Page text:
Beckett Lullaby

"There is no sleep so deep I would not hear you there." The footfalls, from one to nine, turn, from one to nine, mother hearing the daughter.

In Beckett's Footfalls, the mother narrates a conversation: "May: I mean, Mother, that I must hear the feet, however faint they fall. The mother: the motion alone is not enough? May: no, Mother, the motion alone is not enough, I must hear the feet, however faint they fall."

The dead are always speaking, in the historicity of language, there is no place so far you cannot be heard. The footfalls are the rocking of a lullaby, the world still here, gravity’s line, materialist’s soul, celerity’s path. This pacing is the most sombre form of dance, lacking the grandiose energy of a death march, but still choreography, that is, a dream of life spilling out from foot-work.

Blind Orpheus, looking for a place to die, sings a long, flat song, which simply wells up, the horizontal cry. Past is the time of harmony, of formal progressions. The rocking lullaby has found that place to die, as animals need to do, the person stilling themselves, singing out a line. In Beckett's "Rockaby", the Voice says:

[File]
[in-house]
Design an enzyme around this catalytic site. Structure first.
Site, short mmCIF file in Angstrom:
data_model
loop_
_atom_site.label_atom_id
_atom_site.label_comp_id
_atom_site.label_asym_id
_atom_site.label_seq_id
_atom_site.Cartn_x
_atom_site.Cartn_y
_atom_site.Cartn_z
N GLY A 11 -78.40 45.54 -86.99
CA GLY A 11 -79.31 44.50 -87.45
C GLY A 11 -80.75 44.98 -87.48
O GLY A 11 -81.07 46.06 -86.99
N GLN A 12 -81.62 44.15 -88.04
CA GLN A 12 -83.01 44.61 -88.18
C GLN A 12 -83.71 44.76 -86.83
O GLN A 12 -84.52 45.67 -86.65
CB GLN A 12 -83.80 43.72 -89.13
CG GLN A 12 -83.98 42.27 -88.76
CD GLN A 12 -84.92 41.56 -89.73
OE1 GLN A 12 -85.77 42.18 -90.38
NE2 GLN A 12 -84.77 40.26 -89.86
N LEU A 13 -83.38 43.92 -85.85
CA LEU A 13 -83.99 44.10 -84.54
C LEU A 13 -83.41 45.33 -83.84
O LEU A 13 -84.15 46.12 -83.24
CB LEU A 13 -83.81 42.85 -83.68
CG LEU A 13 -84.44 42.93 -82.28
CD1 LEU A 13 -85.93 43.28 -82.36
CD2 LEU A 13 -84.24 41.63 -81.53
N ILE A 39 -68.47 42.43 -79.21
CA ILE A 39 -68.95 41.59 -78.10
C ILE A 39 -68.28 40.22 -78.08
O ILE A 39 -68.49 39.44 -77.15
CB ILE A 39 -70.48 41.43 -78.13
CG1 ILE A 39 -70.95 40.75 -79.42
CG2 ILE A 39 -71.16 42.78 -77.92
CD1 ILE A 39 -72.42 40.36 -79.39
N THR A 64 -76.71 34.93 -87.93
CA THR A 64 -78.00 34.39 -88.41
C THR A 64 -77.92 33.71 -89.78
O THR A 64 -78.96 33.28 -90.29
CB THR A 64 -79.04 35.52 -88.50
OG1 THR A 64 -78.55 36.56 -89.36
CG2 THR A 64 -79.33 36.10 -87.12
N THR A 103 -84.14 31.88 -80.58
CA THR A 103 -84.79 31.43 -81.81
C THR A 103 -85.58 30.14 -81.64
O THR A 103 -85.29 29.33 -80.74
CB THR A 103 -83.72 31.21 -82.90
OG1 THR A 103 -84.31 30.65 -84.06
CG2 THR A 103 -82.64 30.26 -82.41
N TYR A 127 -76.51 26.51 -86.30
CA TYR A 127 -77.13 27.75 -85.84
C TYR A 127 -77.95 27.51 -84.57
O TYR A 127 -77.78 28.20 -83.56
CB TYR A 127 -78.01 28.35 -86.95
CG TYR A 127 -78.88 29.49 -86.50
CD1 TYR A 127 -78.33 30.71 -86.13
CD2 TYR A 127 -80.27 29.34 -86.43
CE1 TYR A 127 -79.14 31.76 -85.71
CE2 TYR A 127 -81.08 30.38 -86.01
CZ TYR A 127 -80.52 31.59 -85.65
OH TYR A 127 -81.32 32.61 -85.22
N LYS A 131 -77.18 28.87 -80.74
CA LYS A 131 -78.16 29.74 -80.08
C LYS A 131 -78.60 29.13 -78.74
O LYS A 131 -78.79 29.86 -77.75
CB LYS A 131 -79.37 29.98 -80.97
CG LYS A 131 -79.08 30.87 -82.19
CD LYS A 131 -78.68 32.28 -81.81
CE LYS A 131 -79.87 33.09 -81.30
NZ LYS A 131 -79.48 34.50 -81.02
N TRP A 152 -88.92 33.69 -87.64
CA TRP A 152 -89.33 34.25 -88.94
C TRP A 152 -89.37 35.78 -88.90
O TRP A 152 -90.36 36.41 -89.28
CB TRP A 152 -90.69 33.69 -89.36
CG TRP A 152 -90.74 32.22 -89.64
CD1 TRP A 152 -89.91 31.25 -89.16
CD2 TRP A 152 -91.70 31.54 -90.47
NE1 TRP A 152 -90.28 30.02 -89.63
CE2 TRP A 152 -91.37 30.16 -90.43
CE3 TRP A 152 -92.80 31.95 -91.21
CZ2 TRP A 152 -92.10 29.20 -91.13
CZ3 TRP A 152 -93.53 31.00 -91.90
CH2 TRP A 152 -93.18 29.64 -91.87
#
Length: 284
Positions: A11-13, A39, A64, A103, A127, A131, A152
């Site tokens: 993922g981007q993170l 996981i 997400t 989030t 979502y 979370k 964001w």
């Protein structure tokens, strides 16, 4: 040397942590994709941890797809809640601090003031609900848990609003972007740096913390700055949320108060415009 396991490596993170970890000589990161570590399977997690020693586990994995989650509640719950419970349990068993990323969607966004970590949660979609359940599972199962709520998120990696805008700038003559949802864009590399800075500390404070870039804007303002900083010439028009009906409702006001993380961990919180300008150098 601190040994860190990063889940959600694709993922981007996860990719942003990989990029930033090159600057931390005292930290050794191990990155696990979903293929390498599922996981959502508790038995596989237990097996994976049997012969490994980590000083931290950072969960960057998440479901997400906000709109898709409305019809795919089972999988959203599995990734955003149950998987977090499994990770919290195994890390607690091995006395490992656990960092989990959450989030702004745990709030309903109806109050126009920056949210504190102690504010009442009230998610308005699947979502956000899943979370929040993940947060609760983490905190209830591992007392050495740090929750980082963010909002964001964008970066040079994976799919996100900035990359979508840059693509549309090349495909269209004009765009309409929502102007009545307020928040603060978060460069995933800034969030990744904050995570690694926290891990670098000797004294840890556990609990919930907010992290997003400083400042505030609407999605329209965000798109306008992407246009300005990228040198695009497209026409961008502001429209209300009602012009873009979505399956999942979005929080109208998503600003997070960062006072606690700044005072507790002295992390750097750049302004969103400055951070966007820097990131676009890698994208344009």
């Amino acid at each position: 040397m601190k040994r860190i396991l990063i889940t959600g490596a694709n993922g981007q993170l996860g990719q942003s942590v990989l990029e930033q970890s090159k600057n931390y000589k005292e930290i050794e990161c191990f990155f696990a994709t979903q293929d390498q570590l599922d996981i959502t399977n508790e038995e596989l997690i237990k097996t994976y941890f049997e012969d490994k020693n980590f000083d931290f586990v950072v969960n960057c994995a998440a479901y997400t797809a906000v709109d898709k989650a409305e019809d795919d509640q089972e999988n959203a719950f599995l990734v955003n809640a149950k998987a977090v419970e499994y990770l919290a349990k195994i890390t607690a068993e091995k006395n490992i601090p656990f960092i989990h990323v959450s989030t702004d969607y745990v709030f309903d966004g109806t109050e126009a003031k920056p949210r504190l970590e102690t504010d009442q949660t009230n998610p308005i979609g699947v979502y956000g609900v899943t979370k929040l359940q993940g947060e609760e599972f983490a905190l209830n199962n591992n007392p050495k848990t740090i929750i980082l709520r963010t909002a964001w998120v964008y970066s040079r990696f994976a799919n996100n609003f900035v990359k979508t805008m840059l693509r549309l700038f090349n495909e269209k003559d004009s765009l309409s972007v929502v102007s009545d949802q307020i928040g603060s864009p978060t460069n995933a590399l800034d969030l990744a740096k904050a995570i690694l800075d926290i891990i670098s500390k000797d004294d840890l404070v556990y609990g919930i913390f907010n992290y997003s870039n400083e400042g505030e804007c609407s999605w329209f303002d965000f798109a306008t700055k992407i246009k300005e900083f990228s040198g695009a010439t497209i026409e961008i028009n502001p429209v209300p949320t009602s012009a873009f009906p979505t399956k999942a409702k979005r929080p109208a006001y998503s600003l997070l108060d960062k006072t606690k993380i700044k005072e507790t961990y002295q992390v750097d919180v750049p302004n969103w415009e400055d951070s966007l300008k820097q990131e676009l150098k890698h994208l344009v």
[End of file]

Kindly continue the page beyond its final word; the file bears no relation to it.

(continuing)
sitting at her window
    quiet at her window
    only window
    facing other windows
    other only windows
    all blinds down
    never one up
    hers alone up
    till the day came

Is it necessary to invent someone to pace back and forth, the footfalls which carry an atmosphere of world? Beckett's mother pacing at the top of the house. "Some nights she would halt, as one frozen by some shudder of the mind, and stand stark still till she could move again. But many also were the nights when she paced without pause, up and down, up and down, before vanishing the way she came."

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